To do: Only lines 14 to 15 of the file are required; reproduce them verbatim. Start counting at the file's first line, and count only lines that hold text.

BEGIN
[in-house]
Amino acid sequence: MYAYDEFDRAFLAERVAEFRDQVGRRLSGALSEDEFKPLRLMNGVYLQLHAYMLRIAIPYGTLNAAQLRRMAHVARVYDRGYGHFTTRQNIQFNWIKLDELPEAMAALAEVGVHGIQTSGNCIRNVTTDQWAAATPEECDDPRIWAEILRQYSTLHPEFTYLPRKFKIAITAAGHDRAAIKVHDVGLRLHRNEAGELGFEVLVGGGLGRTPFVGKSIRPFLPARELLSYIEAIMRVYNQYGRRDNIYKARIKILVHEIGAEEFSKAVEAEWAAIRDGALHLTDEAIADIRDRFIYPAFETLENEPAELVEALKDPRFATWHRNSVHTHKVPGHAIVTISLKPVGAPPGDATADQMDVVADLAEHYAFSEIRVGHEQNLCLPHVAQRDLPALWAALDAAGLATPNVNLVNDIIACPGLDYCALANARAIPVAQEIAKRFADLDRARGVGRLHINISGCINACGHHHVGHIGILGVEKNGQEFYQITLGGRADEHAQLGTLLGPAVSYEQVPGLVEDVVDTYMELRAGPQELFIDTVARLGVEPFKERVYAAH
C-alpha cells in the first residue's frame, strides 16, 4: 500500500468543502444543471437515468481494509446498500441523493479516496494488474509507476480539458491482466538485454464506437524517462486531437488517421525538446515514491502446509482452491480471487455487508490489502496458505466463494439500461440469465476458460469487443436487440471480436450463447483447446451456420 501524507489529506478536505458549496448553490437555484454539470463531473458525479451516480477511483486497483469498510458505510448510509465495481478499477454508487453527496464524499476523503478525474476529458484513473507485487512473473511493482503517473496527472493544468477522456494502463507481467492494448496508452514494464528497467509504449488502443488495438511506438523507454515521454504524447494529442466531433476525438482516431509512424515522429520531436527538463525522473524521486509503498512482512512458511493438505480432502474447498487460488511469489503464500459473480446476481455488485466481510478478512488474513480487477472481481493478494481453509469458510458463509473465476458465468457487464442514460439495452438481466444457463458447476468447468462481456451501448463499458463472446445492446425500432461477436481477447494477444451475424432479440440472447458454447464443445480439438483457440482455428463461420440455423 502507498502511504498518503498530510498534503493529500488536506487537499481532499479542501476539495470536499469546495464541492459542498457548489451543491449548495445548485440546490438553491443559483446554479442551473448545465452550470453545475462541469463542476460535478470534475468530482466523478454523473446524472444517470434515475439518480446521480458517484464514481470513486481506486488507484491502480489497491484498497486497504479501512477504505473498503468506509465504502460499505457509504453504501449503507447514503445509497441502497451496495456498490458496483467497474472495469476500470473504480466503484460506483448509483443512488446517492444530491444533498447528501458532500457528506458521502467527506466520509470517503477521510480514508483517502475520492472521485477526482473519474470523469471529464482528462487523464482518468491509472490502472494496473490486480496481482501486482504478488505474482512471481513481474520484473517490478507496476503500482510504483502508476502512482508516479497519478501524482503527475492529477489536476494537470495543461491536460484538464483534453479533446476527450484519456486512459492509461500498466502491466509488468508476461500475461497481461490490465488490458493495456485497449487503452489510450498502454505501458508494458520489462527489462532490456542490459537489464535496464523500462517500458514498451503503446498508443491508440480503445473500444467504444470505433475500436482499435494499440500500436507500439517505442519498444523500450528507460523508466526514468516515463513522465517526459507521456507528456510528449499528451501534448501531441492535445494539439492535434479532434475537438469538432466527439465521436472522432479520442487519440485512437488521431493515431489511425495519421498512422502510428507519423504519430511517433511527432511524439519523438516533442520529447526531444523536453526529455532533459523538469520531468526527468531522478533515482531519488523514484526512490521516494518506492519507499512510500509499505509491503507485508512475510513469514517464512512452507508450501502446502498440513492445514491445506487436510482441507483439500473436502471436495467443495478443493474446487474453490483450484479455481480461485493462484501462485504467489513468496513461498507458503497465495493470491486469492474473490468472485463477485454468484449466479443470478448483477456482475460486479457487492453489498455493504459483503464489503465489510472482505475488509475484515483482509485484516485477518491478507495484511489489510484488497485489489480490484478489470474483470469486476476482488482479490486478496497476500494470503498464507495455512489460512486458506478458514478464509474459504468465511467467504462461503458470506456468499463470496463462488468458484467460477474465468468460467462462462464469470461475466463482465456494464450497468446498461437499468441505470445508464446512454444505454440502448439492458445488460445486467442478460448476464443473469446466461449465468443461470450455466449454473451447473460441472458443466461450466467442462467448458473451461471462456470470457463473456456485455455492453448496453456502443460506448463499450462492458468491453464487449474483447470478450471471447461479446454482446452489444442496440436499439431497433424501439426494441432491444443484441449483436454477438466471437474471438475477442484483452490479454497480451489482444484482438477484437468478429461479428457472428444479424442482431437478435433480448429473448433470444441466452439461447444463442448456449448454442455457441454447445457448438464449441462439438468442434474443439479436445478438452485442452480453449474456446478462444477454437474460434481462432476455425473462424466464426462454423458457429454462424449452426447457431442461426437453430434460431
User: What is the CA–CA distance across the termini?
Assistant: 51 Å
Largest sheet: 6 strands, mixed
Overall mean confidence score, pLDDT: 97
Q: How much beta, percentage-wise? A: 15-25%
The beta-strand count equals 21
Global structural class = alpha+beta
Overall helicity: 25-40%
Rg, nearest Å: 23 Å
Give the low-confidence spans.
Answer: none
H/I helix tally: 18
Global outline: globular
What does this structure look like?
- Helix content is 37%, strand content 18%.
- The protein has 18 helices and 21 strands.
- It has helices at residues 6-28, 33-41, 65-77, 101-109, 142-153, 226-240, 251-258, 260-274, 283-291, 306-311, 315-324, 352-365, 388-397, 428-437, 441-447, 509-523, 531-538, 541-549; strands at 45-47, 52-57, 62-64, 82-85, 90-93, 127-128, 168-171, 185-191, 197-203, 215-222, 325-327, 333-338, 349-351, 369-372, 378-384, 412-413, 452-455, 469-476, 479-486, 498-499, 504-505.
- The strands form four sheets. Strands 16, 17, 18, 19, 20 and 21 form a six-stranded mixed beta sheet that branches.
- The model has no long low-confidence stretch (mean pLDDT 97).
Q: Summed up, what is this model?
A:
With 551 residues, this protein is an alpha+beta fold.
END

Answer: none
H/I helix tally: 18